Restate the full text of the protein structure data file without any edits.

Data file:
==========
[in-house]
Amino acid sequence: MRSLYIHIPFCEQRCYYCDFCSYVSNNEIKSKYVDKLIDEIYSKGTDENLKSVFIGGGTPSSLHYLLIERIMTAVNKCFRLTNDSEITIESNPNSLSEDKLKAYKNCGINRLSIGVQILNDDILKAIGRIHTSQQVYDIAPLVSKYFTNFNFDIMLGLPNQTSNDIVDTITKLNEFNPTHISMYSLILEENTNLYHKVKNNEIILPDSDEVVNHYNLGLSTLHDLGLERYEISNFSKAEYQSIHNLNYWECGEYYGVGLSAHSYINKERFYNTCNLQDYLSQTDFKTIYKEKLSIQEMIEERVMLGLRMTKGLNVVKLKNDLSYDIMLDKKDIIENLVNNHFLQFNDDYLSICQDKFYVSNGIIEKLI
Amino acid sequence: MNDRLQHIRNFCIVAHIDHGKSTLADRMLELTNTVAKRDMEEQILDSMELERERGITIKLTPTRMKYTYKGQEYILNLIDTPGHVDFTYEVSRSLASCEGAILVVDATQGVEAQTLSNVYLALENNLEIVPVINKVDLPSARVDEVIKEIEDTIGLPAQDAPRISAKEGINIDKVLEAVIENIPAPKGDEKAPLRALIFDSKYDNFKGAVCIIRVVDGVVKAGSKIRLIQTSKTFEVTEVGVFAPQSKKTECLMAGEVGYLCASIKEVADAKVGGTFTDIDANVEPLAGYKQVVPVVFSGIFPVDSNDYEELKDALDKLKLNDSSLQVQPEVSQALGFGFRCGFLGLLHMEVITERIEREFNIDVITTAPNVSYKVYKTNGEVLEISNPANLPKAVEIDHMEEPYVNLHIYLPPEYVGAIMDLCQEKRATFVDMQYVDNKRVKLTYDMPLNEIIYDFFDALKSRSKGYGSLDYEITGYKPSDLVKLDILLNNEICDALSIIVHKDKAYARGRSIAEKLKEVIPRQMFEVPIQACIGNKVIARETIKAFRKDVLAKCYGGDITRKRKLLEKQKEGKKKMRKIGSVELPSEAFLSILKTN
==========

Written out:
[in-house]
Amino acid sequence: MRSLYIHIPFCEQRCYYCDFCSYVSNNEIKSKYVDKLIDEIYSKGTDENLKSVFIGGGTPSSLHYLLIERIMTAVNKCFRLTNDSEITIESNPNSLSEDKLKAYKNCGINRLSIGVQILNDDILKAIGRIHTSQQVYDIAPLVSKYFTNFNFDIMLGLPNQTSNDIVDTITKLNEFNPTHISMYSLILEENTNLYHKVKNNEIILPDSDEVVNHYNLGLSTLHDLGLERYEISNFSKAEYQSIHNLNYWECGEYYGVGLSAHSYINKERFYNTCNLQDYLSQTDFKTIYKEKLSIQEMIEERVMLGLRMTKGLNVVKLKNDLSYDIMLDKKDIIENLVNNHFLQFNDDYLSICQDKFYVSNGIIEKLI
Amino acid sequence: MNDRLQHIRNFCIVAHIDHGKSTLADRMLELTNTVAKRDMEEQILDSMELERERGITIKLTPTRMKYTYKGQEYILNLIDTPGHVDFTYEVSRSLASCEGAILVVDATQGVEAQTLSNVYLALENNLEIVPVINKVDLPSARVDEVIKEIEDTIGLPAQDAPRISAKEGINIDKVLEAVIENIPAPKGDEKAPLRALIFDSKYDNFKGAVCIIRVVDGVVKAGSKIRLIQTSKTFEVTEVGVFAPQSKKTECLMAGEVGYLCASIKEVADAKVGGTFTDIDANVEPLAGYKQVVPVVFSGIFPVDSNDYEELKDALDKLKLNDSSLQVQPEVSQALGFGFRCGFLGLLHMEVITERIEREFNIDVITTAPNVSYKVYKTNGEVLEISNPANLPKAVEIDHMEEPYVNLHIYLPPEYVGAIMDLCQEKRATFVDMQYVDNKRVKLTYDMPLNEIIYDFFDALKSRSKGYGSLDYEITGYKPSDLVKLDILLNNEICDALSIIVHKDKAYARGRSIAEKLKEVIPRQMFEVPIQACIGNKVIARETIKAFRKDVLAKCYGGDITRKRKLLEKQKEGKKKMRKIGSVELPSEAFLSILKTN